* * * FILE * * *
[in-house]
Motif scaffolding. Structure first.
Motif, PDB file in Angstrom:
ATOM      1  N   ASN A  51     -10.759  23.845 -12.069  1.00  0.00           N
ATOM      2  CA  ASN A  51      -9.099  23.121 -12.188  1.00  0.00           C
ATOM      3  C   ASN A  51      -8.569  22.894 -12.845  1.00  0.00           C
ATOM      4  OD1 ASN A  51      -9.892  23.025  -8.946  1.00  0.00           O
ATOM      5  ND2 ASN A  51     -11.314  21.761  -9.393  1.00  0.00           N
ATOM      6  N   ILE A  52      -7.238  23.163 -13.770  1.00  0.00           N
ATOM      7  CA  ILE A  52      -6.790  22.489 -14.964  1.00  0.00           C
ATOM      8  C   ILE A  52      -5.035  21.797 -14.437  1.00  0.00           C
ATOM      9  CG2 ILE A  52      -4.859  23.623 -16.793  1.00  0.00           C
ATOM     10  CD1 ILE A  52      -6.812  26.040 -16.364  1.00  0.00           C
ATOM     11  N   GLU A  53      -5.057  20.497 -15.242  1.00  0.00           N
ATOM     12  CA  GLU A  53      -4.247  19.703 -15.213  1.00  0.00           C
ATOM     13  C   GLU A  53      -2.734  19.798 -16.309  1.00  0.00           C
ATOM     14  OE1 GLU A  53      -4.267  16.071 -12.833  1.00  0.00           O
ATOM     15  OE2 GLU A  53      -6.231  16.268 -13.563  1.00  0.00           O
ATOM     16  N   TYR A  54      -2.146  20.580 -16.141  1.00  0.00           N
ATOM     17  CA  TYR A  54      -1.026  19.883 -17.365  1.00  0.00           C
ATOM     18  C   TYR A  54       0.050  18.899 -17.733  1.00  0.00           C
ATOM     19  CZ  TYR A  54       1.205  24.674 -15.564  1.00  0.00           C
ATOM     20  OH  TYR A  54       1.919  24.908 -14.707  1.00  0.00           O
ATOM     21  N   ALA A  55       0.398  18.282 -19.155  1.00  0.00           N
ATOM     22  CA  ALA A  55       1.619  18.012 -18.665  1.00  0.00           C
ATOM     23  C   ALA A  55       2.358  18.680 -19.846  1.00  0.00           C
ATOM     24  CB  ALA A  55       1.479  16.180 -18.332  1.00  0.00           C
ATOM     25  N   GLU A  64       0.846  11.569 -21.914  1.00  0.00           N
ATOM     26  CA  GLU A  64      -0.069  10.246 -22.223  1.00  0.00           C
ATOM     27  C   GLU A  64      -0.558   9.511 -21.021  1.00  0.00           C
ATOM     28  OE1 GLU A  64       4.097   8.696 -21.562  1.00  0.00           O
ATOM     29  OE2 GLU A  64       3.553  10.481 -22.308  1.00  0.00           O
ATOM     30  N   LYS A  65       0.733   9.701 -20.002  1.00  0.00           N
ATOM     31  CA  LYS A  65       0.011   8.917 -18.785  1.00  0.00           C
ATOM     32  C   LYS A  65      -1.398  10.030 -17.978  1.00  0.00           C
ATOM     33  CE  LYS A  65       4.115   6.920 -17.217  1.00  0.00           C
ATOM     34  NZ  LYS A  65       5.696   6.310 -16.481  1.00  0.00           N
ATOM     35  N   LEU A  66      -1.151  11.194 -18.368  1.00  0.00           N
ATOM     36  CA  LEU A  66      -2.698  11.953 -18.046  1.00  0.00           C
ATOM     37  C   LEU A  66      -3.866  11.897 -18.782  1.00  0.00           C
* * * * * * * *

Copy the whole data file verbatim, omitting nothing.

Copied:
[in-house]
Motif scaffolding. Structure first.
Motif, PDB file in Angstrom:
ATOM      1  N   ASN A  51     -10.759  23.845 -12.069  1.00  0.00           N
ATOM      2  CA  ASN A  51      -9.099  23.121 -12.188  1.00  0.00           C
ATOM      3  C   ASN A  51      -8.569  22.894 -12.845  1.00  0.00           C
ATOM      4  OD1 ASN A  51      -9.892  23.025  -8.946  1.00  0.00           O
ATOM      5  ND2 ASN A  51     -11.314  21.761  -9.393  1.00  0.00           N
ATOM      6  N   ILE A  52      -7.238  23.163 -13.770  1.00  0.00           N
ATOM      7  CA  ILE A  52      -6.790  22.489 -14.964  1.00  0.00           C
ATOM      8  C   ILE A  52      -5.035  21.797 -14.437  1.00  0.00           C
ATOM      9  CG2 ILE A  52      -4.859  23.623 -16.793  1.00  0.00           C
ATOM     10  CD1 ILE A  52      -6.812  26.040 -16.364  1.00  0.00           C
ATOM     11  N   GLU A  53      -5.057  20.497 -15.242  1.00  0.00           N
ATOM     12  CA  GLU A  53      -4.247  19.703 -15.213  1.00  0.00           C
ATOM     13  C   GLU A  53      -2.734  19.798 -16.309  1.00  0.00           C
ATOM     14  OE1 GLU A  53      -4.267  16.071 -12.833  1.00  0.00           O
ATOM     15  OE2 GLU A  53      -6.231  16.268 -13.563  1.00  0.00           O
ATOM     16  N   TYR A  54      -2.146  20.580 -16.141  1.00  0.00           N
ATOM     17  CA  TYR A  54      -1.026  19.883 -17.365  1.00  0.00           C
ATOM     18  C   TYR A  54       0.050  18.899 -17.733  1.00  0.00           C
ATOM     19  CZ  TYR A  54       1.205  24.674 -15.564  1.00  0.00           C
ATOM     20  OH  TYR A  54       1.919  24.908 -14.707  1.00  0.00           O
ATOM     21  N   ALA A  55       0.398  18.282 -19.155  1.00  0.00           N
ATOM     22  CA  ALA A  55       1.619  18.012 -18.665  1.00  0.00           C
ATOM     23  C   ALA A  55       2.358  18.680 -19.846  1.00  0.00           C
ATOM     24  CB  ALA A  55       1.479  16.180 -18.332  1.00  0.00           C
ATOM     25  N   GLU A  64       0.846  11.569 -21.914  1.00  0.00           N
ATOM     26  CA  GLU A  64      -0.069  10.246 -22.223  1.00  0.00           C
ATOM     27  C   GLU A  64      -0.558   9.511 -21.021  1.00  0.00           C
ATOM     28  OE1 GLU A  64       4.097   8.696 -21.562  1.00  0.00           O
ATOM     29  OE2 GLU A  64       3.553  10.481 -22.308  1.00  0.00           O
ATOM     30  N   LYS A  65       0.733   9.701 -20.002  1.00  0.00           N
ATOM     31  CA  LYS A  65       0.011   8.917 -18.785  1.00  0.00           C
ATOM     32  C   LYS A  65      -1.398  10.030 -17.978  1.00  0.00           C
ATOM     33  CE  LYS A  65       4.115   6.920 -17.217  1.00  0.00           C
ATOM     34  NZ  LYS A  65       5.696   6.310 -16.481  1.00  0.00           N
ATOM     35  N   LEU A  66      -1.151  11.194 -18.368  1.00  0.00           N
ATOM     36  CA  LEU A  66      -2.698  11.953 -18.046  1.00  0.00           C
ATOM     37  C   LEU A  66      -3.866  11.897 -18.782  1.00  0.00           C